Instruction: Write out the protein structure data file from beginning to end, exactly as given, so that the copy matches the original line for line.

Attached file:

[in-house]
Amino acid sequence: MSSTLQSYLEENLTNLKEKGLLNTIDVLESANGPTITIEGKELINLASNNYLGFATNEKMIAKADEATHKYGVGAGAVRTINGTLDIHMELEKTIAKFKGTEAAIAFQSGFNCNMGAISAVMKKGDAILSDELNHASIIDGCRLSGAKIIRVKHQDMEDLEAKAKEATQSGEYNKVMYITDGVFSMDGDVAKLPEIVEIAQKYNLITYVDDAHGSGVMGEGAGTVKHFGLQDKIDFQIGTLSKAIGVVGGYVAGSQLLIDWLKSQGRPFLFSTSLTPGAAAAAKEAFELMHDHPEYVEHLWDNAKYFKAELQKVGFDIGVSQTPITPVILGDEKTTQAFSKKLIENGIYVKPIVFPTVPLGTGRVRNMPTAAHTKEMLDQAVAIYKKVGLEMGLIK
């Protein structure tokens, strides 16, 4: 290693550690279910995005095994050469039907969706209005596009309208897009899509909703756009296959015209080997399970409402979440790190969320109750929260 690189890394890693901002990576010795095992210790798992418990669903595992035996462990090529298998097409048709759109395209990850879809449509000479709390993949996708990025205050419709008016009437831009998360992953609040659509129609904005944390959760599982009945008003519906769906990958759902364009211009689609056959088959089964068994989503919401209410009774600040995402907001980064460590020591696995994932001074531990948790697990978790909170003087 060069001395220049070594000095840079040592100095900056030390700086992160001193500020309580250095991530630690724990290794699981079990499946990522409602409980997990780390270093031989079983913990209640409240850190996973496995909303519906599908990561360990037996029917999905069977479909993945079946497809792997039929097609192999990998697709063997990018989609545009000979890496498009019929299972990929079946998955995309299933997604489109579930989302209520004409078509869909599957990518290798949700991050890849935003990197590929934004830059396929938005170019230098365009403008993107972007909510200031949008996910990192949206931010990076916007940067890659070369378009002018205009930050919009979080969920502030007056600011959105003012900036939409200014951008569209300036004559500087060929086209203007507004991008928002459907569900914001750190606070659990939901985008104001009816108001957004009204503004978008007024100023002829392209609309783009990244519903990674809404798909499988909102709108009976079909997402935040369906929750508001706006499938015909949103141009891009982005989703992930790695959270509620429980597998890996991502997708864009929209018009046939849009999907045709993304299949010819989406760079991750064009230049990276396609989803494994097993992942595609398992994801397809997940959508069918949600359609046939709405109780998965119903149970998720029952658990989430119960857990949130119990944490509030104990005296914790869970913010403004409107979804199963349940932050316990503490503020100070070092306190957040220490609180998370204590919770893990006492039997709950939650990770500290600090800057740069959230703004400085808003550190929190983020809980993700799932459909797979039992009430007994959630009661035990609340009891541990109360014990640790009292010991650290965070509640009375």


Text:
[in-house]
Amino acid sequence: MSSTLQSYLEENLTNLKEKGLLNTIDVLESANGPTITIEGKELINLASNNYLGFATNEKMIAKADEATHKYGVGAGAVRTINGTLDIHMELEKTIAKFKGTEAAIAFQSGFNCNMGAISAVMKKGDAILSDELNHASIIDGCRLSGAKIIRVKHQDMEDLEAKAKEATQSGEYNKVMYITDGVFSMDGDVAKLPEIVEIAQKYNLITYVDDAHGSGVMGEGAGTVKHFGLQDKIDFQIGTLSKAIGVVGGYVAGSQLLIDWLKSQGRPFLFSTSLTPGAAAAAKEAFELMHDHPEYVEHLWDNAKYFKAELQKVGFDIGVSQTPITPVILGDEKTTQAFSKKLIENGIYVKPIVFPTVPLGTGRVRNMPTAAHTKEMLDQAVAIYKKVGLEMGLIK
């Protein structure tokens, strides 16, 4: 290693550690279910995005095994050469039907969706209005596009309208897009899509909703756009296959015209080997399970409402979440790190969320109750929260 690189890394890693901002990576010795095992210790798992418990669903595992035996462990090529298998097409048709759109395209990850879809449509000479709390993949996708990025205050419709008016009437831009998360992953609040659509129609904005944390959760599982009945008003519906769906990958759902364009211009689609056959088959089964068994989503919401209410009774600040995402907001980064460590020591696995994932001074531990948790697990978790909170003087 060069001395220049070594000095840079040592100095900056030390700086992160001193500020309580250095991530630690724990290794699981079990499946990522409602409980997990780390270093031989079983913990209640409240850190996973496995909303519906599908990561360990037996029917999905069977479909993945079946497809792997039929097609192999990998697709063997990018989609545009000979890496498009019929299972990929079946998955995309299933997604489109579930989302209520004409078509869909599957990518290798949700991050890849935003990197590929934004830059396929938005170019230098365009403008993107972007909510200031949008996910990192949206931010990076916007940067890659070369378009002018205009930050919009979080969920502030007056600011959105003012900036939409200014951008569209300036004559500087060929086209203007507004991008928002459907569900914001750190606070659990939901985008104001009816108001957004009204503004978008007024100023002829392209609309783009990244519903990674809404798909499988909102709108009976079909997402935040369906929750508001706006499938015909949103141009891009982005989703992930790695959270509620429980597998890996991502997708864009929209018009046939849009999907045709993304299949010819989406760079991750064009230049990276396609989803494994097993992942595609398992994801397809997940959508069918949600359609046939709405109780998965119903149970998720029952658990989430119960857990949130119990944490509030104990005296914790869970913010403004409107979804199963349940932050316990503490503020100070070092306190957040220490609180998370204590919770893990006492039997709950939650990770500290600090800057740069959230703004400085808003550190929190983020809980993700799932459909797979039992009430007994959630009661035990609340009891541990109360014990640790009292010991650290965070509640009375």